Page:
Volkswagen is facing the biggest investor lawsuit filled ever in Germany

Last Updated: October 9, 2016By Tags: , , , , , ,

As it was expected expiration of the 1 year period from the scandal related with the diesel emissions bring more than a thousand lawsuits form the investors of the group. Even though this “problem” erased 1/3 of the company market value, and it’s already agreed to pay billions of dollars in USA this new series of claims, more precisely around 1.400 according to the Court in Braunschweig, is worth 9.2 billion dollars.  Argument on the investors side is that they lost their money on Volkswagen due to the company slow disclosing in the emission cheating issue

This situation was raised after investors concerns that one year after the will be the deadline for the filling the lawsuits in front of the court. Monday 19. September was the first working day after the anniversary of disclosure of the emissions scandal by U.S. regulators.  About 11 million diesel vehicles were equipped with software to cheat on pollution tests.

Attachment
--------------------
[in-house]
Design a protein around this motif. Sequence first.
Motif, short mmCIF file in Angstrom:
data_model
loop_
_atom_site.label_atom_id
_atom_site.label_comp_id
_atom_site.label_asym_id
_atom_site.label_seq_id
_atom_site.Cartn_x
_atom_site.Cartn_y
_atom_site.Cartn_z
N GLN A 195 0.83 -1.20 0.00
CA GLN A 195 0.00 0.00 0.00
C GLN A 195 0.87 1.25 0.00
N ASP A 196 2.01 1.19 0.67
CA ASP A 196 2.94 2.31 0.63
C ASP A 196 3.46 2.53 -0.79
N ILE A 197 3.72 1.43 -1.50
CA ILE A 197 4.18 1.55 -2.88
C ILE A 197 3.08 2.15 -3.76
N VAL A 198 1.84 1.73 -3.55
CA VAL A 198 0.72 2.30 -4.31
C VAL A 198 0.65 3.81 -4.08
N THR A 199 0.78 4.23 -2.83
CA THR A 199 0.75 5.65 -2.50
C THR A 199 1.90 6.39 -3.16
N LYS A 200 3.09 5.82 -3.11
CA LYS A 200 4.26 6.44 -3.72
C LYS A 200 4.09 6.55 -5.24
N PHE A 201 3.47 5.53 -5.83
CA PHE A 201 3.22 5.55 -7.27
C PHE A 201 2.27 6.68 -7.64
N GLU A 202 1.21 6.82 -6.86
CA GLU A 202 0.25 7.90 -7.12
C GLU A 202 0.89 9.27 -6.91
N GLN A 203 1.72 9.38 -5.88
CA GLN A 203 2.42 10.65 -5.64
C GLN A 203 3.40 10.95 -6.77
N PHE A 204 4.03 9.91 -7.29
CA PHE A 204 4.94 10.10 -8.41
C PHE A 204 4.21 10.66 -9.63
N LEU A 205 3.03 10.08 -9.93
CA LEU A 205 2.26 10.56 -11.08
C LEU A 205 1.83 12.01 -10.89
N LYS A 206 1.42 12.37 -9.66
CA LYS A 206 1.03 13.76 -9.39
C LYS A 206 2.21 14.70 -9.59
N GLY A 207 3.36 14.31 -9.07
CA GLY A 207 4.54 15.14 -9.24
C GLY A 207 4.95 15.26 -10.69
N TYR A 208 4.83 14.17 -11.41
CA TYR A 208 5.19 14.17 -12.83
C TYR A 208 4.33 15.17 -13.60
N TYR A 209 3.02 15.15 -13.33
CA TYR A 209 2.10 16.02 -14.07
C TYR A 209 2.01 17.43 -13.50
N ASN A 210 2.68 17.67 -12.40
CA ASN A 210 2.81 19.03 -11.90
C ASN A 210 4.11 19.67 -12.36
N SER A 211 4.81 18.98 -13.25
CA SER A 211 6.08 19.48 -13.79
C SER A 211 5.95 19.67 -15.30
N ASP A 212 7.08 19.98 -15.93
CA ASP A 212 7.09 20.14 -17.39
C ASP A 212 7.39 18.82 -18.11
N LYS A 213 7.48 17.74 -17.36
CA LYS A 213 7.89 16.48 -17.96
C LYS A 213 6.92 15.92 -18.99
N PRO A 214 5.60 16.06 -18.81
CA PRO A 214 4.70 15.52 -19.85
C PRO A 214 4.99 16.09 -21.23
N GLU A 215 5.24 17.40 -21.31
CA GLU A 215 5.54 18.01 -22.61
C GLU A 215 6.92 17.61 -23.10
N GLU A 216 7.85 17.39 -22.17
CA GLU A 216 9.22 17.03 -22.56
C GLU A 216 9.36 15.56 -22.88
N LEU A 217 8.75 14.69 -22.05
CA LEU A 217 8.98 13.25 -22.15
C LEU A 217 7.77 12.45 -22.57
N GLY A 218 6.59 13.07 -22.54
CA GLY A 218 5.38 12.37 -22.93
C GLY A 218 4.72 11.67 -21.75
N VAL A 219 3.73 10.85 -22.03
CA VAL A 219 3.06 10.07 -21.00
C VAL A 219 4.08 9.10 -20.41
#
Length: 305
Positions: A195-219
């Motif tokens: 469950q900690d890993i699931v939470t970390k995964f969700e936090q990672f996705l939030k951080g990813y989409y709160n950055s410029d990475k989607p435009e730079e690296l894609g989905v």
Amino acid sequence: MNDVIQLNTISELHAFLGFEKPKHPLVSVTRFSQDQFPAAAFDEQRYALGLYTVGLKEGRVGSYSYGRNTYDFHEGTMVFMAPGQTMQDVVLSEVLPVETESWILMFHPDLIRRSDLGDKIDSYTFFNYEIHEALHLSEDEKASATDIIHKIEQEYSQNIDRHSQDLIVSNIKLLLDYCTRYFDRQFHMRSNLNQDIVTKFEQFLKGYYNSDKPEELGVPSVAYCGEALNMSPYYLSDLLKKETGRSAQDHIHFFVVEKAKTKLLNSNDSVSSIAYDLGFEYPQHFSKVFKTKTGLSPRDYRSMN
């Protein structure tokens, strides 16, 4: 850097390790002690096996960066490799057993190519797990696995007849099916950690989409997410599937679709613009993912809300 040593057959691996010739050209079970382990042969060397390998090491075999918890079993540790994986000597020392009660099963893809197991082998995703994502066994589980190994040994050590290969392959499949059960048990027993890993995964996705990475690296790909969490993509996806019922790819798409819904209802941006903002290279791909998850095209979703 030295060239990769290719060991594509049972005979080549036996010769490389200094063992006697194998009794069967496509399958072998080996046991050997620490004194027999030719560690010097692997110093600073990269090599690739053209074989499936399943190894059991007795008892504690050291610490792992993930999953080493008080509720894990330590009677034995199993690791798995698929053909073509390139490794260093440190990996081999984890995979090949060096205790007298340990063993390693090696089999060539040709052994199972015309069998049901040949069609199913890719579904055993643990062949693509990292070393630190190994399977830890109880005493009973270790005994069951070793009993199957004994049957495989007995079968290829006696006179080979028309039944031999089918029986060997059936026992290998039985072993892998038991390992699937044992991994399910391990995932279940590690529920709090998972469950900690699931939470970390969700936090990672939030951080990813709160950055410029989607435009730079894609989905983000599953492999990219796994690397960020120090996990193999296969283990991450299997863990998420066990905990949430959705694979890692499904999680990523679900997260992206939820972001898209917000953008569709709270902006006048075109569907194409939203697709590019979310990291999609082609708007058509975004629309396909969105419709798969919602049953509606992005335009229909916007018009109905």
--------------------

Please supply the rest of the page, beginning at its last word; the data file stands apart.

U.S. Government among the suing investor – VW  says that claims are unfounded

Almost 10.7 billion euros had been expected in the first 2 working days daws after the anniversary according to the lawyers announcement, and only for this the court will need about 4 weeks to register all the complains. However, it can be expected that the data will be wider, because it is more likely that more suits could still trickle and the end of it is still in the haze.   but the lawyers

Among the investors who are suing is U.S. government, who is investigating company on its own institutions for possible criminal charges and it has not approved a fix for the tainted vehicles, but its case in front of the court  in Germany was valued at 30 million Euros.

On the other hand, the point of view of the VW is that the claims are unfounded because their stand is that they were acted in compliant with the market rules.

Volkswagen shares rose less than 1 percent to 119.10 euros at the close of trading in Frankfurt. They’re still down 11 percent this year.

According to the Arndt Ellinghorst, an analyst at Evercore ISI, the number isn’t surprising, because some of the cases is already seen with a “buy” rating on the stock. “It will be difficult for the plaintiffs to prove that VW acted intentionally here” he said.

Volkswagen has set aside about 18 billion euros to cover the costs of the scandal, but the lawsuits won’t likely add to the tally in the near future. While the investors are going with their lawsuits in Braunschweig, consumers affected by the scandal are more focused on Brussels. Currently, the company is only offering repairs to European customers whereas Americans got packages worth thousands of dollars.

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